In the original development of the FPDI, Garrow et al [10] suggested that a simple score could be derived for each subscale. However, in their subsequent population survey, they defined disabling foot pain as present if at least one of the 17 pain intensity, function or appearance items occurred on at least "some days" in the past month [6]. Other authors have also used this approach [11,12]. A further study by Cook et al used exploratory factor analysis to derive two subscales (foot and ankle function (9 items) and pain and appearance (7 items)) for the FPDI having deleted one item ("My feet are worse in the morning") because it did not load on to either of the factors [13]. These authors called this the Modified Manchester FPDI. However, a more recent study by Roddy et al [14] undertook confirmatory factor analysis to verify the original three subscales of Garrow et al in the 17 items (function (10 items), pain (5 items) and appearance (2 items)) [10] and demonstrated the validity and reliability of a new definition of disabling pain that required the occurrence of a problem on at least one of the ten items on the function subscale on "most/every day(s)" in the past month. In this latter study [14], the definition of disabling pain was modified, as using Garrow's definition [6], 98% of older adults with foot pain were classified as having disabling foot pain.

Each of the definitions described above produces a dichotomous evaluation of disabling foot pain, that is, disability is either present or absent. In reality, the disability caused by foot pain will be displayed along a continuum, with different people displaying differing degrees of disability. Garrow et al proposed that, using a simple scoring system, individual scores for each of the three subscales could be generated to produce an overall index of disability [10] and then, in a later study, suggested summating scores for each of the subscales expressed as a percentage ("none of the time" = 0, "on some days" = 1, "on most/every day(s)" = 2) [6]. This scoring system was used subsequently by Menz et al to produce a total FPDI score ranging from 0 to 34 in addition to subscale scores [12]. Other authors have used a different scoring system ("none of the time" = 1, "on some days" = 2, "on most/every day(s)" = 3) to produce a total score ranging from 0 to 51 and individual subscale scores [13,15]. However, these summated totals were not suitable to correctly examine changes in score over time, or differences in scores between groups, because they were not shown to be unidimensional and were not of an interval-level, i.e. where a difference of, say, two points on the score is equivalent at all points along the continuum [16,17].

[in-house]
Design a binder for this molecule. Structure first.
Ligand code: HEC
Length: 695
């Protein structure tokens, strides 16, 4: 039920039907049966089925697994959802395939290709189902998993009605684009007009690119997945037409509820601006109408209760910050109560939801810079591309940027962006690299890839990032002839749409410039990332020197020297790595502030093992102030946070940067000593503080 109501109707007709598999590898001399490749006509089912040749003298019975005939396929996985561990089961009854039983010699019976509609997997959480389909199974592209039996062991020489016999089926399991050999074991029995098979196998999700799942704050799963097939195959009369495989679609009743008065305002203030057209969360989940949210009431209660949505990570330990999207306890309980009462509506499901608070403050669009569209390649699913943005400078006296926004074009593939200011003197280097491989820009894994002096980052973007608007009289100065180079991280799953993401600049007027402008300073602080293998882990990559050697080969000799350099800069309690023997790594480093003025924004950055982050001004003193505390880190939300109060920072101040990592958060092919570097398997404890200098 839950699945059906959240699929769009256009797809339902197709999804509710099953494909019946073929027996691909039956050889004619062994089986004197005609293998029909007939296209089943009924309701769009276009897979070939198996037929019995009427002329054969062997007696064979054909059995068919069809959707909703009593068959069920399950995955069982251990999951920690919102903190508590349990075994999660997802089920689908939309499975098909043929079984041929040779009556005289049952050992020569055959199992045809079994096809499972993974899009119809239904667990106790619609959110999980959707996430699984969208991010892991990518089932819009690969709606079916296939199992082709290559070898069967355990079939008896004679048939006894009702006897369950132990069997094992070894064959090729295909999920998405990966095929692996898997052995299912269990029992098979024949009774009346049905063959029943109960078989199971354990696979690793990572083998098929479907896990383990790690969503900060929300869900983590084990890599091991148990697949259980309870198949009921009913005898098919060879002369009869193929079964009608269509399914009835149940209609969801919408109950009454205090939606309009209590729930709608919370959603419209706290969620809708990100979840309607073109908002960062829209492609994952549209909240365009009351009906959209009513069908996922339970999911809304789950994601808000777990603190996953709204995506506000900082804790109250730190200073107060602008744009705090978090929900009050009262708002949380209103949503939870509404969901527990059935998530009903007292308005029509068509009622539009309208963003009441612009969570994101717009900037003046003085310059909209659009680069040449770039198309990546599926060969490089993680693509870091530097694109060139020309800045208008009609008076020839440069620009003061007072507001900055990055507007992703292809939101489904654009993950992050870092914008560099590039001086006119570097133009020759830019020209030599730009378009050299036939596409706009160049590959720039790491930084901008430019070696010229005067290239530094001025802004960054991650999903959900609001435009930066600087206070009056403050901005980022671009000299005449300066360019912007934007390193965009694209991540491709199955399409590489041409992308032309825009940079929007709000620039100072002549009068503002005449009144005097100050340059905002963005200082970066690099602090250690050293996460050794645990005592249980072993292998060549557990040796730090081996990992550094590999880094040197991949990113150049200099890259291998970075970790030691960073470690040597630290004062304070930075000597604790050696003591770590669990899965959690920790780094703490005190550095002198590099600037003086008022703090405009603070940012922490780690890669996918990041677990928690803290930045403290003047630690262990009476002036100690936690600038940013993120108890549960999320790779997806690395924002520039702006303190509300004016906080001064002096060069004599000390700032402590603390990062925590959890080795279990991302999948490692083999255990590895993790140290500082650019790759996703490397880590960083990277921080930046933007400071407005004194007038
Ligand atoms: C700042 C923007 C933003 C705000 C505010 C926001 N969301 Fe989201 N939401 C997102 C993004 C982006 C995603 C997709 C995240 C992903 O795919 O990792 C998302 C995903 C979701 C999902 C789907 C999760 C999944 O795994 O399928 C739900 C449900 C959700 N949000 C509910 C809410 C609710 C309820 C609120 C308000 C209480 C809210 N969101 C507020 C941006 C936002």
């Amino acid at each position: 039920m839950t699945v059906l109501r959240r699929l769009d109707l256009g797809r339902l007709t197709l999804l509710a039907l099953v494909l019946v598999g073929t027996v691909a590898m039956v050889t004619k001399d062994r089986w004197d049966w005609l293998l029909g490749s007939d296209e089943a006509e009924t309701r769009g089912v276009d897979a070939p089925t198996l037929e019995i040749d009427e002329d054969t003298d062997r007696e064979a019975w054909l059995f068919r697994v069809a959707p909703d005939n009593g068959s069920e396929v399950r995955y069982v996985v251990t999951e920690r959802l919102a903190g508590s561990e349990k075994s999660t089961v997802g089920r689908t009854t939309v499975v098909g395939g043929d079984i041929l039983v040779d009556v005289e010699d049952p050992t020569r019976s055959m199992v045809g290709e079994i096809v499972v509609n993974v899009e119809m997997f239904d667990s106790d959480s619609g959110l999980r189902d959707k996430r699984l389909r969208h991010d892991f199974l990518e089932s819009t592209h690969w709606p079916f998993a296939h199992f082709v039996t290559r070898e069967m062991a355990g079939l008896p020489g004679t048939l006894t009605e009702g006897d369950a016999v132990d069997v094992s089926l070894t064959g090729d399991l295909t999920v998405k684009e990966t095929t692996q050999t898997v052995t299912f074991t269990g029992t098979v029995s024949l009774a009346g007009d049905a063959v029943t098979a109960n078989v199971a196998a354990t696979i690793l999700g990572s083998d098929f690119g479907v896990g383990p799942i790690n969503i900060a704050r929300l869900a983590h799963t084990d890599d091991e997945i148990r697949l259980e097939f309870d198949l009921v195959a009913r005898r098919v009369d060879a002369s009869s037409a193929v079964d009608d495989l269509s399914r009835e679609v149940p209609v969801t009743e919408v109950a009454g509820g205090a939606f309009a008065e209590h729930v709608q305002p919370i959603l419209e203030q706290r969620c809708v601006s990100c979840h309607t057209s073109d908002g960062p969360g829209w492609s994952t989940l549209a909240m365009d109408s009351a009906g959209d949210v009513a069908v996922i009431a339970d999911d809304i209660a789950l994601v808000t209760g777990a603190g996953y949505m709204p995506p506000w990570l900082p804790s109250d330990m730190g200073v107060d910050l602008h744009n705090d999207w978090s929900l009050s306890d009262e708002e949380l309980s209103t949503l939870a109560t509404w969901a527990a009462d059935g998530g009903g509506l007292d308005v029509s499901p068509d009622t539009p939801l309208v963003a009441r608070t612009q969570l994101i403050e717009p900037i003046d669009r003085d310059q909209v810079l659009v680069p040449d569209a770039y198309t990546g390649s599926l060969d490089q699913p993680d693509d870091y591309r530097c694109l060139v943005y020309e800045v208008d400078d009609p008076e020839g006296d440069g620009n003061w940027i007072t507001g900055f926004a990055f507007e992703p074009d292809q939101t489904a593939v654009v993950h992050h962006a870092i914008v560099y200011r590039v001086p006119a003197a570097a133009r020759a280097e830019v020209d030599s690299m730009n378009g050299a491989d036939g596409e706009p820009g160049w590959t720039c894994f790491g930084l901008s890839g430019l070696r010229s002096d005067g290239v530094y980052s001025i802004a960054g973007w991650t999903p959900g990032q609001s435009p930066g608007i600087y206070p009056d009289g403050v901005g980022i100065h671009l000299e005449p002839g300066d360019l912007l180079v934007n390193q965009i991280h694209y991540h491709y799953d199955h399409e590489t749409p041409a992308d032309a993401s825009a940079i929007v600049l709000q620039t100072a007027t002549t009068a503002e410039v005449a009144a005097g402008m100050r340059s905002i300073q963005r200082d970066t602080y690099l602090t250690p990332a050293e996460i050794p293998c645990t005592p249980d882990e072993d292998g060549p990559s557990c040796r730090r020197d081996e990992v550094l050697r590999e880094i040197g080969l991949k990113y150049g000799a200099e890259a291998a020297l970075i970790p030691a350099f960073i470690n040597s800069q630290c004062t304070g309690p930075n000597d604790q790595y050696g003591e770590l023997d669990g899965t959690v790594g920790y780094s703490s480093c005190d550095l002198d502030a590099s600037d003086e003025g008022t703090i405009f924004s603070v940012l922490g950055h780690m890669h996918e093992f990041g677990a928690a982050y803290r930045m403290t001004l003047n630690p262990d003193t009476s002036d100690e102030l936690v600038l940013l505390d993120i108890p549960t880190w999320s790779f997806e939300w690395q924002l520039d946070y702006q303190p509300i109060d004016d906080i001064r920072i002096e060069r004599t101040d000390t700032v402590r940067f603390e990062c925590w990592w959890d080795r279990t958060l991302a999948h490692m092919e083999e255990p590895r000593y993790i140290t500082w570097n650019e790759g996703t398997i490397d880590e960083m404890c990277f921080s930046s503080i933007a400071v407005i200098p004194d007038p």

The only way to derive interval-level scores from ordinal item responses such as those in the FPDI is through the use of the Rasch unidimensional measurement model [18,19]. The objective of this study was to employ the Rasch model to assess the performance of the three FPDI subscales and to attempt to derive interval level subscale scores for each of the three factors of the FPDI [10,14].

Methods

Study sample

Data for these analyses were collected in a pilot study for the North Staffordshire Osteoarthritis Project (NorStOP). The methodology for mailing Health Survey and Regional Pains Survey questionnaires in this pilot study replicated that used in the main survey, details of which have been published previously [20]. In summary, the design of the study was a two-stage cross-sectional postal survey of adults aged 50 years and over using self-complete questionnaires. A random sample of 1000 people was selected from a single general practice from the North Staffordshire General Practice Research Network. Stage 1 of the survey consisted of a Health Survey questionnaire. Responders to this questionnaire who reported foot pain in the last 12 months and gave consent to be contacted again were then sent Stage 2, a Regional Pain Survey questionnaire, which gathered more detailed information on their foot problems, including the Manchester Foot Pain and Disability Index [10].

The Rasch model